Odin

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Odin,

Norse god: see WodenWoden
, Norse Odin
, in Germanic religion and mythology, the supreme god. His cult, although widespread among the Germanic tribes, was sometimes subordinated to that of his son Thor.
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Odin

 

the supreme god in Scandinavian mythology. Odin is endowed with the traits of a mighty shaman and sage. He is the god of war and discord and the master of Valhalla; the Valkyries are under his command. Odin corresponds to Woden (Wotan) of the ancient Germans on the continent.

Odin

god of farming. [Norse Myth.: Benét, 728]
See: Farming

Odin

god who presided over feasts of slain warriors. [Norse Myth.: Brewer Dictionary, 774]
See: War

Odin

god; drank from fountain, became all-knowing. [Norse Myth.: Brewer Dictionary, 774]
See: Wisdom

Odin

, Othin
Norse myth the supreme creator god; the divinity of wisdom, culture, war, and the dead

Odin

An earlier open source emulator for OS/2 that ran 32-bit Windows applications. The Odin project team was based in Germany, hence, the name Odin, which means "chief god" in Norse and Teutonic mythology. For more information, visit http://en.os2.org/projects/odin.
References in periodicals archive ?
It is suggestive, though, that, as I have shown, these elements do provide linked answers--and significantly, slightly unsatisfactory ones--to central questions which the absence of the element of Odinic sacrifice leaves hanging: the misdetoe becomes (improbably) lethal because of its exclusion from the inviolability oath, not because of an Odinic transformation; the game of target practice offers a (rather unseemly) context for the harmless throwing of weapons at Baldr, in place of a ritual which needs Odinn's intervention to make it lethally effective; Hodr's blindness enables (to a certain extent) Loki's manipulated accident in place of Odinn's mysterious but purposeful sacrifice of his son.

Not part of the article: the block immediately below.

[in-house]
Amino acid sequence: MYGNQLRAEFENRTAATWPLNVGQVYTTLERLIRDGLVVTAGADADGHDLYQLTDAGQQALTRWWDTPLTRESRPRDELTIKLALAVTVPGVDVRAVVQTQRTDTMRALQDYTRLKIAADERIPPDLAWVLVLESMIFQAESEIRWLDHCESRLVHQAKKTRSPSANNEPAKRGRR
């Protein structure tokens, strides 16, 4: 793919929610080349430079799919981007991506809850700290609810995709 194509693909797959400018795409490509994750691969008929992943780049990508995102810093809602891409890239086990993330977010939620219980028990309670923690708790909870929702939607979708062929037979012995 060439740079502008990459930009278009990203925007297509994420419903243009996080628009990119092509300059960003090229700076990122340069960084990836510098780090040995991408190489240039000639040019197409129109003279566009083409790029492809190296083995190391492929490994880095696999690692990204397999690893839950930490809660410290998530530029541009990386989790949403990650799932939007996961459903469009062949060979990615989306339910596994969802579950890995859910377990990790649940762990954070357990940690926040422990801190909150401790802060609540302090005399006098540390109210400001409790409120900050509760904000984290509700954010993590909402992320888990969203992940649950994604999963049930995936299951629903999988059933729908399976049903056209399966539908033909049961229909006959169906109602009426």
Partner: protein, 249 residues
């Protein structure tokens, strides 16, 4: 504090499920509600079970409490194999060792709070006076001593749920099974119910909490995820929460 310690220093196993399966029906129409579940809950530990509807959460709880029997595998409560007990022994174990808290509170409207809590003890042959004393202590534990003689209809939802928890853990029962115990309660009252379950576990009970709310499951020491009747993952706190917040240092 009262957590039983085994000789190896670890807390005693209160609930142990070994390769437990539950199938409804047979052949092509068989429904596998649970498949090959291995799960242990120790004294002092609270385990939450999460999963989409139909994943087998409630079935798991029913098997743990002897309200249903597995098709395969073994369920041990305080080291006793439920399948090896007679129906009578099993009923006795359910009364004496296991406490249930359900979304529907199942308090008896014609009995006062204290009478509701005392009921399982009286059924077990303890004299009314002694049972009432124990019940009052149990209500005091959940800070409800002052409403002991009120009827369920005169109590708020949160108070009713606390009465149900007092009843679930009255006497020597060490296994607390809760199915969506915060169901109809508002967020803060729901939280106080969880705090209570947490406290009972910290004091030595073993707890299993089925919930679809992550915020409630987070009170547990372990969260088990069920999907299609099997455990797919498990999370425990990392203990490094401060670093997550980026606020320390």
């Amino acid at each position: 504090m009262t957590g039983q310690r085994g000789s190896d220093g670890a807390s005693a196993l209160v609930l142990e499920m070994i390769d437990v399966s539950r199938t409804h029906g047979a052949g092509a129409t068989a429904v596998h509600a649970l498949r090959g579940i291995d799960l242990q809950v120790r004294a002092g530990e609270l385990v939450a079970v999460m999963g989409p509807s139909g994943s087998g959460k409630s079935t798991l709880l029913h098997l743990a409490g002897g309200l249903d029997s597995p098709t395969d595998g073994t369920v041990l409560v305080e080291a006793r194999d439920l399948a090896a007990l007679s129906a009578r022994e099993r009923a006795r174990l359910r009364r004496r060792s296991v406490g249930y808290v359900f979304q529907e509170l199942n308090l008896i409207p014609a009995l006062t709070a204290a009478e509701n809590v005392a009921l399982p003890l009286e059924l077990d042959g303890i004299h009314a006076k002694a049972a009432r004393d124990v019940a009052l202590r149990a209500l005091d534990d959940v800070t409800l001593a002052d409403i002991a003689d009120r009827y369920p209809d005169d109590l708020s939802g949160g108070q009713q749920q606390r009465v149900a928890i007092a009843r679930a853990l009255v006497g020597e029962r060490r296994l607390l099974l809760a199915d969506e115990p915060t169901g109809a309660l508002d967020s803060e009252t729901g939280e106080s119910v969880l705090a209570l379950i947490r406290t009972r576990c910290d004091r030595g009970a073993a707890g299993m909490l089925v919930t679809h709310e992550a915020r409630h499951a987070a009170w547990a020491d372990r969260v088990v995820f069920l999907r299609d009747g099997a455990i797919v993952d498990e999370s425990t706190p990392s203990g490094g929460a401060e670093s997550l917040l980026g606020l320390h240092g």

In the presence of Odinic intervention, the more physically unsuitable the mistletoe as a weapon, the more dramatic the transformation.
In conclusion, then, it may be that Snorri's account of the death of Baldr owes almost as much to Christian and, eventually, Jewish tradition as to earlier Norse myth, though it is impossible to say whether Snorri's failure to present the death of Baldr as an Odinic act was due to ignorance or distaste.